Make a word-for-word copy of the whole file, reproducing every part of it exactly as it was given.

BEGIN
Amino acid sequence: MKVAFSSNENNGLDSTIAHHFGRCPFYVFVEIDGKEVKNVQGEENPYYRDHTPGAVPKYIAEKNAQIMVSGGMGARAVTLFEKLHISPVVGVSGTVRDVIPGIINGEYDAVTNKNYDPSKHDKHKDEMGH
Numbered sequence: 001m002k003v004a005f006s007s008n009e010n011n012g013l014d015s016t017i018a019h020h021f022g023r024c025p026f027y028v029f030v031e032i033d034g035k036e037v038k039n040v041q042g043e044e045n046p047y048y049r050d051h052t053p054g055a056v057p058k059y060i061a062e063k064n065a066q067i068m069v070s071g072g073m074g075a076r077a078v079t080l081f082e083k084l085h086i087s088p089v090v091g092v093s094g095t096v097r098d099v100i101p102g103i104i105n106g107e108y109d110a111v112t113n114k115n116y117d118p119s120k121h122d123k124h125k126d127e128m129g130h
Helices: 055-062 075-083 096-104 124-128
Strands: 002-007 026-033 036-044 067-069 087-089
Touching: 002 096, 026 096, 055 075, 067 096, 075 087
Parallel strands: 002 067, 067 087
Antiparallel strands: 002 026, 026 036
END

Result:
Amino acid sequence: MKVAFSSNENNGLDSTIAHHFGRCPFYVFVEIDGKEVKNVQGEENPYYRDHTPGAVPKYIAEKNAQIMVSGGMGARAVTLFEKLHISPVVGVSGTVRDVIPGIINGEYDAVTNKNYDPSKHDKHKDEMGH
Numbered sequence: 001m002k003v004a005f006s007s008n009e010n011n012g013l014d015s016t017i018a019h020h021f022g023r024c025p026f027y028v029f030v031e032i033d034g035k036e037v038k039n040v041q042g043e044e045n046p047y048y049r050d051h052t053p054g055a056v057p058k059y060i061a062e063k064n065a066q067i068m069v070s071g072g073m074g075a076r077a078v079t080l081f082e083k084l085h086i087s088p089v090v091g092v093s094g095t096v097r098d099v100i101p102g103i104i105n106g107e108y109d110a111v112t113n114k115n116y117d118p119s120k121h122d123k124h125k126d127e128m129g130h
Helices: 055-062 075-083 096-104 124-128
Strands: 002-007 026-033 036-044 067-069 087-089
Touching: 002 096, 026 096, 055 075, 067 096, 075 087
Parallel strands: 002 067, 067 087
Antiparallel strands: 002 026, 026 036